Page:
At the time I was there, all the Internet was metered. So, one paid $75 monthly for eight gigabytes of bandwidth, and if one exceeded the limit, more could be purchased.

Broadband Cellular

Wireless broadband has become one of the most popular networks. In 1997, while working at Comcast Cellular Communications, they used 2G.

Soon after, the data speeds increased from 2G, and then 3G and 4G were released. Long-Term Evolution (LTE), also known as 4G LTE, is the current cellular network as described by Comer (2014). The introduction of the smartphone or what may be called the pocket computer and high-speed data networks running on Cellular networks have been the norm for Internet access since most users carry smartphones today. Today, most mobile or cellular carriers use third or fourth-generation cell phone technology, as described by Comer (2014). These networks are heavily marketed, and some cellular networks that are marketed don’t maintain their cellular network but use another network.

Cricket Wireless, for example, operates on the AT&T network. AT&T purchased Cricket Wireless and migrated the users off the Cricket Wireless network and onto the AT&T network.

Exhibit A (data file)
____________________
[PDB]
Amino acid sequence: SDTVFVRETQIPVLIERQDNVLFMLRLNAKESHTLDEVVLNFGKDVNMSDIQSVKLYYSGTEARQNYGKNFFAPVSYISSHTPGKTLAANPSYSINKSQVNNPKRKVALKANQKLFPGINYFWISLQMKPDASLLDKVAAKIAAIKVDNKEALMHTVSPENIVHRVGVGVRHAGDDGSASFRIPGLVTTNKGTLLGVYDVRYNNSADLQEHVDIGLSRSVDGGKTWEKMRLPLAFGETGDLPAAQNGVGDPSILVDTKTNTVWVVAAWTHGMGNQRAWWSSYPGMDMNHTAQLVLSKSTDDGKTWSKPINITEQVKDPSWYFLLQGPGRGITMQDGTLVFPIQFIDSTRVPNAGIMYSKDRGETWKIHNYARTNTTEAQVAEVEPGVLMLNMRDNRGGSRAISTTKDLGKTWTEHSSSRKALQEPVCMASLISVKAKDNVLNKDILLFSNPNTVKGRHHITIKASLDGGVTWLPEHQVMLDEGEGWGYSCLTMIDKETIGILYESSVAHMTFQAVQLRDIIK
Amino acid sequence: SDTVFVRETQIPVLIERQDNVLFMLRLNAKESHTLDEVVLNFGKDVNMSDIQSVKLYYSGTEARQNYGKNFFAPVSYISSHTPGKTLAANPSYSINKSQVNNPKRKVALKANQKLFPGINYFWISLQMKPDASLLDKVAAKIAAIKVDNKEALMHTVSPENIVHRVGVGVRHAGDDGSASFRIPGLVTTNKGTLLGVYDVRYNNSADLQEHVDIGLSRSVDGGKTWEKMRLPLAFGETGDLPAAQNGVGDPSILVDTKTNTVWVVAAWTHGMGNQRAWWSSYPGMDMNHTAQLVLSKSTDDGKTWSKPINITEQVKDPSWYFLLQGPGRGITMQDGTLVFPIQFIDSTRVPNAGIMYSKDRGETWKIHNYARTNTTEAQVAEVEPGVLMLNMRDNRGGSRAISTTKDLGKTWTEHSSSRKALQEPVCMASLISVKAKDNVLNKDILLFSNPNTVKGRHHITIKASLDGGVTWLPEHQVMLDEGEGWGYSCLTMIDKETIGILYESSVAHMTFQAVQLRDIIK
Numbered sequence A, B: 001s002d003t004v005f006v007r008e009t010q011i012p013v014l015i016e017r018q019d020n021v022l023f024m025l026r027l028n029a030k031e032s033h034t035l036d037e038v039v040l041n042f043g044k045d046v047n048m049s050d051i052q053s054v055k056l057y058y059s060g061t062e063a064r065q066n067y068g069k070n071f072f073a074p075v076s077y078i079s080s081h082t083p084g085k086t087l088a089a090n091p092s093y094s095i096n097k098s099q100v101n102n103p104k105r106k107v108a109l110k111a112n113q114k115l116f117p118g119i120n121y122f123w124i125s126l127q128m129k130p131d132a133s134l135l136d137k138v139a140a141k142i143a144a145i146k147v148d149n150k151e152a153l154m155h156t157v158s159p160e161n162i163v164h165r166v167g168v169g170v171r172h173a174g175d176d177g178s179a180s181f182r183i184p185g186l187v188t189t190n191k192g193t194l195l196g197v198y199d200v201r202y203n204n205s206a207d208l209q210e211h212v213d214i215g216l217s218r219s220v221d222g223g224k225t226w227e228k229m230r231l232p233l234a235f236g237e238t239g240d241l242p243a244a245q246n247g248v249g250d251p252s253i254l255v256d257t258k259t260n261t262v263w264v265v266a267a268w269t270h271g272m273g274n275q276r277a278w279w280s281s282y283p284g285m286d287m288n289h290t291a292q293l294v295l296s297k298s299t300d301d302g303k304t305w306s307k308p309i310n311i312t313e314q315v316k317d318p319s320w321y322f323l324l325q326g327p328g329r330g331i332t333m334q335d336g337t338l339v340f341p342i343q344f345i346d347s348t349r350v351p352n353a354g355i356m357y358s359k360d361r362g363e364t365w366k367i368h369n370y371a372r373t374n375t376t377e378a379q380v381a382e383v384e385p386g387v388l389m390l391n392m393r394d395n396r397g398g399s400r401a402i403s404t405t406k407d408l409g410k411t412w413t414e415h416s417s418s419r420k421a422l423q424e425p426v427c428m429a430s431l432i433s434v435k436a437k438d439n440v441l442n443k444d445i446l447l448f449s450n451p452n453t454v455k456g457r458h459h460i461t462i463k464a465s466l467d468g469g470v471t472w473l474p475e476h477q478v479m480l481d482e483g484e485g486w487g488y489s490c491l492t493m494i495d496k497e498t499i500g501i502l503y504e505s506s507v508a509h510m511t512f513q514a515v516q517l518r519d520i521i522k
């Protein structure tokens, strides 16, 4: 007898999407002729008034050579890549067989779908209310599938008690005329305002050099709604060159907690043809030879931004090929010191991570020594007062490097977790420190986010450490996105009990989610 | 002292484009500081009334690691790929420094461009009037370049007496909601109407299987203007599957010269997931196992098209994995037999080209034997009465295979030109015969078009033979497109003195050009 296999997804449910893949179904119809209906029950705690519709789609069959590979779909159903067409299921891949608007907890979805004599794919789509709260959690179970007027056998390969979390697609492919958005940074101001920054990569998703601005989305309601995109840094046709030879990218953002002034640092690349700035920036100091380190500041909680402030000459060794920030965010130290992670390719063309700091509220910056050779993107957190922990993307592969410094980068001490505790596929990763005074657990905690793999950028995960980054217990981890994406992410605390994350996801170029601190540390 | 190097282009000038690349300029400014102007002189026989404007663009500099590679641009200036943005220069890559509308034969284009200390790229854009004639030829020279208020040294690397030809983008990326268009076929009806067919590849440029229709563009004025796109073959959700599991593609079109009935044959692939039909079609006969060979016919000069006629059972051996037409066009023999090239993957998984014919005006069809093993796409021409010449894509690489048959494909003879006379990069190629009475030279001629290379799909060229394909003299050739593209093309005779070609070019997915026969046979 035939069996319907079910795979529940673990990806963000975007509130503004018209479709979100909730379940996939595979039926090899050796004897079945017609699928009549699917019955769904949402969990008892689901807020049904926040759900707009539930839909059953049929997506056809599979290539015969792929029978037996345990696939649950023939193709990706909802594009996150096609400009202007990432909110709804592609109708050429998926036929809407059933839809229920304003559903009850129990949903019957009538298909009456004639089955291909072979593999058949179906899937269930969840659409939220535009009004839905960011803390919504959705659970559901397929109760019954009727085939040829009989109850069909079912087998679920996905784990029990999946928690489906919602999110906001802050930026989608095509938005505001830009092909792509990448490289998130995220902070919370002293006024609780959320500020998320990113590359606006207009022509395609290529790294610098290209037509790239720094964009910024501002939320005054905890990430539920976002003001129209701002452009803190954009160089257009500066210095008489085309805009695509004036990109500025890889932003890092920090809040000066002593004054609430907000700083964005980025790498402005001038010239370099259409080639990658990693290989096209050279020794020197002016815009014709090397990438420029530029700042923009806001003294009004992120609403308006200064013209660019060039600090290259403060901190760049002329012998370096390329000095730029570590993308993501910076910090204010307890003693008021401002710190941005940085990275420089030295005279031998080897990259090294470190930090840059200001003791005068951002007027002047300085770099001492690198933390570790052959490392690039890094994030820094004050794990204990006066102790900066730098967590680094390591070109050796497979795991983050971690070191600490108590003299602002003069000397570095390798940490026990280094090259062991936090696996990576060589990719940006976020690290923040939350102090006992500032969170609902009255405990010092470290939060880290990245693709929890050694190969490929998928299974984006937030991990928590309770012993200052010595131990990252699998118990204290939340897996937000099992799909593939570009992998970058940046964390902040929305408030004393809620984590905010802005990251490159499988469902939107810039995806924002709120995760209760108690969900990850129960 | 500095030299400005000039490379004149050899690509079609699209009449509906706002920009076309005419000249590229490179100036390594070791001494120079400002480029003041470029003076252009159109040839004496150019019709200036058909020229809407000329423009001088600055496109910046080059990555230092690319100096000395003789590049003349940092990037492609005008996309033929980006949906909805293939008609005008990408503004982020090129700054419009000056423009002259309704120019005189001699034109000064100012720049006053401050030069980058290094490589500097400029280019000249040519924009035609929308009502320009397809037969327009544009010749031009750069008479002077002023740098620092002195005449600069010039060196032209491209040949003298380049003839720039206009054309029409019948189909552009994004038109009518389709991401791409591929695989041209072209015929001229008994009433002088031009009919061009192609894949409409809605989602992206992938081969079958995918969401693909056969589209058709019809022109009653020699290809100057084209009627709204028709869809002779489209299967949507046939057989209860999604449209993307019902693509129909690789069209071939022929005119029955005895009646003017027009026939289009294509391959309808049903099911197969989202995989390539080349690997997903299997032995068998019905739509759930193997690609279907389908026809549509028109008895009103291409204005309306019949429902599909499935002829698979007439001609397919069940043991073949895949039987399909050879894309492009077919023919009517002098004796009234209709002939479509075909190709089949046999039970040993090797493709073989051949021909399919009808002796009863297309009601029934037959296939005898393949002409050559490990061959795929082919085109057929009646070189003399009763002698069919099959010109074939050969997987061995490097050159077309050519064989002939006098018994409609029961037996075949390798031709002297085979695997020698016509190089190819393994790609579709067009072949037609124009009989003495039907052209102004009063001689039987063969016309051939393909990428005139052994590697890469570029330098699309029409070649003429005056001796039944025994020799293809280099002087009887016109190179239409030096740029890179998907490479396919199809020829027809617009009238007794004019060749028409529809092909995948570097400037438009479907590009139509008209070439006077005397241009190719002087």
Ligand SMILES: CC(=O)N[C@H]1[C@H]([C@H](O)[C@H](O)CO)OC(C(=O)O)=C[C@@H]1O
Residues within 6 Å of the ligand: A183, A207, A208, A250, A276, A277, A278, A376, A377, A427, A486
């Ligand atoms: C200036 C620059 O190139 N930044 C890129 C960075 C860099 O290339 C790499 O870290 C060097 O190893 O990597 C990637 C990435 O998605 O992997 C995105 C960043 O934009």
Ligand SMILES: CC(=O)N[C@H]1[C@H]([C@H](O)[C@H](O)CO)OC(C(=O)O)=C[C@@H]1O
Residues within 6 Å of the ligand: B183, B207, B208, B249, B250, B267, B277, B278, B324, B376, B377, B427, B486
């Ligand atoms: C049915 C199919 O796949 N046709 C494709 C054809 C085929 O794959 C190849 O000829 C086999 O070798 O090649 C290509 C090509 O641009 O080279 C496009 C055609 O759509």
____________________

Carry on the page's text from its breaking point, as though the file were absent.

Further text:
WiMAX

Sprint Wireless recently shut down a WiMAX network they had purchased from Clearwire in 2013, as Goldstein (2015) points out. The author goes on to describe that all the customers were migrated off the WiMAX network onto the LTE wireless broadband Sprint network. Clearwire was one of the first major push to use mobile and fixed WiMAX technologies and was started by Craig McCaw. The WiMAX trend and technology, in this case, is overtaken by 4G LTE cellular wireless broadband technology.

Broadband Satellite

Satellite broadband, although available, is not commonly used in major cities but is intended for remote areas where Internet service is not available in other broadband methods. Working for a satellite company today, I know it is expensive to launch and maintain a satellite traveling worldwide. The Worldview 4 Satellite launched in October 2016 cost 500 million dollars to build alone. Satellites are expensive to launch and run.

References

Comer, D. E. (2014). Computer Networks and Internets, 6th Edition [VitalSource Bookshelf version]. Retrieved from https://bookshelf.vitalsource.com/books/9781323074091

Goldstein, P. (2015). Sprint plans to shut down WiMAX network tomorrow, says only a small percentage remain on network. . Retrieved from http://www.fiercewireless.com/wireless/updated-sprint-plans-to-shut-down-wimax-network-tomorrow-says-only-a-small-percentage

Kelly, T. R. C. M. (2012). Broadband Strategies Handbook. Washington: World Bank Publications. Retrieved from http://ebookcentral.proquest.com.ezproxy2.apus.edu/lib/apus/detail.action?docID=881429